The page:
Well, that's true! Any study of current trends or groups is bound to miss some of the essence and dynamics of whatever or whomever is being studied! These kinds of studies obviously have to capture parts of the whole, like taking a water sample for testing.
I don't see where that's a particularly astute perception.
Perhaps it is merely a complaint.
Thus noted.

If his academic specialties are somewhat narrow - as they appear to be - it would be like a Biologist who taught a course on the lifecycle of Elaphe Obsoleta. To Viego, I'd just say: whatever floats your boat. On the other hand, it's too bad you had to stand alongside some truly vicious, angry, student-hating, racialist people.

Anonymous said...

Why do otherwise intelligent people view the world in such narow minded ways? It boggles my mind that they bring a singular view to every subject . . . queer studies my ass.

scott said...

"The institute sponsored a spring 2007 course, “Introduction to Critical U.S. Studies,” which was co-taught by Group members Wahneema Lubiano and Jocelyn Olcott. Forty seats were allotted to the course. Seven students enrolled."

Ah, good. The breed continues to multiply. In 20 years, these 7 twits are the candidates to be professors at elite universities who will enlighten a new crop of students about the ways and means of race baiting and queer theory.

bill anderson said...

The term "critical studies" is a nice euphemism for "marxist." When the Soviet Union fell and China and Vietnam essentially gave up the heart of communism/socialism -- state ownership of all factors of production -- and permitted private investment and ownership, these countries no longer were the darlings of the western marxist "intellectuals." Yet, the legal and social theories of marxism remained.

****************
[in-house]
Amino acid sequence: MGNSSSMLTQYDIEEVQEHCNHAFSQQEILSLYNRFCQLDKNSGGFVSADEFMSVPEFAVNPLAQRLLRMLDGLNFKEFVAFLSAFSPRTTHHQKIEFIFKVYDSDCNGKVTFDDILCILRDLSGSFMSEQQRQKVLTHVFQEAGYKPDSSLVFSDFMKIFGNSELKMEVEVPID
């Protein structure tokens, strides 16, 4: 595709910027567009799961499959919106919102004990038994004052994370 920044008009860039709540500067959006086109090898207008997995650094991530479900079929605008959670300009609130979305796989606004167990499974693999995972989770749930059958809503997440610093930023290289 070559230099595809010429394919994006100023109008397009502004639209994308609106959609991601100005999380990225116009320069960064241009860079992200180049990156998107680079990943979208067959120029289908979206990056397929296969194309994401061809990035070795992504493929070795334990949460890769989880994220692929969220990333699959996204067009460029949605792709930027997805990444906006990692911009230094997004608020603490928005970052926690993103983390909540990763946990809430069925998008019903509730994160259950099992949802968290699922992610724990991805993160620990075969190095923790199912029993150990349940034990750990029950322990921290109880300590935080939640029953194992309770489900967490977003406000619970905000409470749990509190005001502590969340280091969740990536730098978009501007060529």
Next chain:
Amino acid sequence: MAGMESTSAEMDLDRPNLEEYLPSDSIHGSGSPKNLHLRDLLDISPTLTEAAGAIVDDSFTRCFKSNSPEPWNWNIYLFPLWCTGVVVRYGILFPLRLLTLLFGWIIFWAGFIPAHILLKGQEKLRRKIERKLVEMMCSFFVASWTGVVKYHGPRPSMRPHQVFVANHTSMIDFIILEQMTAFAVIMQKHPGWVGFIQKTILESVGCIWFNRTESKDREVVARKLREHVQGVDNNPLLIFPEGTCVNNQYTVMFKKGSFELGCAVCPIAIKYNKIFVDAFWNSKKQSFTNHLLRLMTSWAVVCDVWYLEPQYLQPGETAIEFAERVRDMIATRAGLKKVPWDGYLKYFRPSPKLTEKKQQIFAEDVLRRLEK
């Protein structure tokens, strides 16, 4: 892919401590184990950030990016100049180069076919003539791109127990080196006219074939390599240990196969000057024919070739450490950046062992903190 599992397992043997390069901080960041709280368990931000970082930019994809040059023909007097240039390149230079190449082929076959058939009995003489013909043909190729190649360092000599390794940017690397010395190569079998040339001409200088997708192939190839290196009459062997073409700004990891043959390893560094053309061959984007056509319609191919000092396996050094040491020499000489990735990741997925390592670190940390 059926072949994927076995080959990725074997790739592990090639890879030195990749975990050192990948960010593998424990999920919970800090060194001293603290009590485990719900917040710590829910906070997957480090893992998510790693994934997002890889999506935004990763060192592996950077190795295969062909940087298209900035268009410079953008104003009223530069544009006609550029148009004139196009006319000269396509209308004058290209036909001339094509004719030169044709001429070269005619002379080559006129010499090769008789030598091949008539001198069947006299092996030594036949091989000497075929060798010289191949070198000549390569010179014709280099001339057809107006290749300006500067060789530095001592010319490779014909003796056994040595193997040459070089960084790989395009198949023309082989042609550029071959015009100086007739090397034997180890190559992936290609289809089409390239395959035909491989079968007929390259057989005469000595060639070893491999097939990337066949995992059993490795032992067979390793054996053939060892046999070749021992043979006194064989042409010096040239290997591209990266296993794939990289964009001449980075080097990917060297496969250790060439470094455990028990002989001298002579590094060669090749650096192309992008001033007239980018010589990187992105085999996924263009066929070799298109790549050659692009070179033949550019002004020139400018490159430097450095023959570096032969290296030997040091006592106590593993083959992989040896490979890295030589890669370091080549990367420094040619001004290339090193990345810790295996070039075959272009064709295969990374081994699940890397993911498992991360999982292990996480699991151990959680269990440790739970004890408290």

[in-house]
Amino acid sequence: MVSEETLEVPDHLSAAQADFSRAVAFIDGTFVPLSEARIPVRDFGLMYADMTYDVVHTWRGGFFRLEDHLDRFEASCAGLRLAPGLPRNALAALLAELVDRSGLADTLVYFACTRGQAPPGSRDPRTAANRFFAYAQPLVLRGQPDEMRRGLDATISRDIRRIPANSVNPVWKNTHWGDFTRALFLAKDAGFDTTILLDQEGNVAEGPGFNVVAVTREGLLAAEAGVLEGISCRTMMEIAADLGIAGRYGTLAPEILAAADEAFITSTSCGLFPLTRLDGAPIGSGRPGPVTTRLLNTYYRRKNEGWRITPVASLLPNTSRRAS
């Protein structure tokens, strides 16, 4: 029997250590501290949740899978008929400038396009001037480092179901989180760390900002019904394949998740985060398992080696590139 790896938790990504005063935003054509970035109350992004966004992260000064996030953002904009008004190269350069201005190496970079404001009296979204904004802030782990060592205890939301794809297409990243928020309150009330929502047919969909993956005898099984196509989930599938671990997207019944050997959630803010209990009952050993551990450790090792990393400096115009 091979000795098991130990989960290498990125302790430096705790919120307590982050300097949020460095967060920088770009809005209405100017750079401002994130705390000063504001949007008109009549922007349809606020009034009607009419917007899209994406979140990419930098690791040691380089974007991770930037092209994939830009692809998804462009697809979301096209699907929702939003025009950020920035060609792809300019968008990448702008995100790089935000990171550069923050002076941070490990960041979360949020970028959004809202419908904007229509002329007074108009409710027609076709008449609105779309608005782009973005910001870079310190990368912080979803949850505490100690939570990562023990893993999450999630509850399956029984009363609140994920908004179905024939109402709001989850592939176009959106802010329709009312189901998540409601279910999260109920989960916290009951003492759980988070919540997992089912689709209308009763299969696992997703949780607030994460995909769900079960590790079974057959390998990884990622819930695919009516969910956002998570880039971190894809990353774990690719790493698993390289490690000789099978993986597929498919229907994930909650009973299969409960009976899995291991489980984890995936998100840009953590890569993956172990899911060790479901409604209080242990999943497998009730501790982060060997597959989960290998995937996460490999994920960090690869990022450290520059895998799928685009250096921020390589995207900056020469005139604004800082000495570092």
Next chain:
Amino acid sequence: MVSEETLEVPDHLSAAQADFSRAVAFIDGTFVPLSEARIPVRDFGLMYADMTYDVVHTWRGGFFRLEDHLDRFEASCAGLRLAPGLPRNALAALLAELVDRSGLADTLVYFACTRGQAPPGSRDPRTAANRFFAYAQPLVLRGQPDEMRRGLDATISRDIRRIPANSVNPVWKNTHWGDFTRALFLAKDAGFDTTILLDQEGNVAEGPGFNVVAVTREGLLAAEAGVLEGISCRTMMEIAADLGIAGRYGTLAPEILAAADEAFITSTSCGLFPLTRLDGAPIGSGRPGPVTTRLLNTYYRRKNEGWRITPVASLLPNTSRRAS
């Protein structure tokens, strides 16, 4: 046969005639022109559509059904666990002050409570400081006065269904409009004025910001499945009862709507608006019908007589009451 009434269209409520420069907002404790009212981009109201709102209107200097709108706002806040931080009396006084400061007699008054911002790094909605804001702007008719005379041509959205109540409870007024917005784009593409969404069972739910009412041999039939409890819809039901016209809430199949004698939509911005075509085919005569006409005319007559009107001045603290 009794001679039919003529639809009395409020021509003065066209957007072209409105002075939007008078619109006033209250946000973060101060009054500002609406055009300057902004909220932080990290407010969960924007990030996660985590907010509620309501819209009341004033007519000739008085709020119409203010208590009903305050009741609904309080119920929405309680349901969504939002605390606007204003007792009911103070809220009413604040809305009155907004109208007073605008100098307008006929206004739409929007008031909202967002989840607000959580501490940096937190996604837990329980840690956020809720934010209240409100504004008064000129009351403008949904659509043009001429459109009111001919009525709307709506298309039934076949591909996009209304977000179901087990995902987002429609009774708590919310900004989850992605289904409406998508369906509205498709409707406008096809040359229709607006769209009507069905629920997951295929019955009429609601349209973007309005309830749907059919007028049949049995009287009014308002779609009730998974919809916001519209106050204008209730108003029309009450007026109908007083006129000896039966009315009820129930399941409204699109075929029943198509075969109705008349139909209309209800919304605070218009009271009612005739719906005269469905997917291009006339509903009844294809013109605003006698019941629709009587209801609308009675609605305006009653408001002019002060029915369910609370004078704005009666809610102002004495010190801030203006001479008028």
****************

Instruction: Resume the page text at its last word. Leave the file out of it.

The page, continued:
For example, Harvard Law has been known for its "critical legal theorists," or the "crits" for short. Basically, they hold that all western law is oppressive and that things like facts and evidence simply are tools used by the white/male/heterosexist patriarchy to oppress everyone else not in that category.

We saw such postmodern legal thinking in full flower in the Duke case. Nifong indicted without evidence, but the G88 and their allies supported him because the "narrative was correct." Since Evan Thomas of Newsweek said essentially the same thing (the "narrative was correct, but the facts were wrong"), we can see just how much this way of thinking has permeated the institutions of modern society.

One may recall that Nikolai Bukharin was one of the architects of this kind of "legal thinking" during the Russian Revolution. Alas, Stalin was able to use Bukharin's own legal theories as a way to have Bukharin killed.

This insistence in the academic world of shoe-horning "narratives" into everything is destructive, and we saw its results in full flower this past year. And because the practitioners of the "meta-narratives" are extremely imperialistic about their viewpoints, we see it seeping into other academic departments that in the past have depended upon real-live facts.

Keep in mind that not one of the G88 holds that what these people did was wrong. In their minds, as long as a narrative is "politically correct," it does not matter what is done. In the end, they were quite happy to have young men thrown into prison for the "crime" of not being in a PC grouping. Not one of them is the least bit interested in the truth, for they declare that they have determined their own "truth." That is the most frightening thing of all.

Anonymous said...

KC your comments indicate a potential bias. I looked at the AAAS website. 3 of the 4 names you mention are assistant professors, and one that you mention later in this essay (Blackmoor) isn't even a faculty member, but an administrative assistant! And another (Wilkins) doesn't even work at Duke!
At least at my university, assistant professors are working on a book, but not expected to have published one. That's how they get tenure and move to the next rank. How much of the rest of your comments skip over the facts like this in order to make a point? It makes these analyses suspect and we have come to depend on you for fairness and accuracy. But it seems instead if we do our own research on these programs, we discover items that make what you say here less reliable. Is this a pattern? Should readers review all of your assessments?

AF said...

As an educator myself, I never cease to be amazed at what some of these so-called intellectuals consider to be "intellectual" study. How, even in this world of political correctness, can so many sexually-related studies be considered as academic?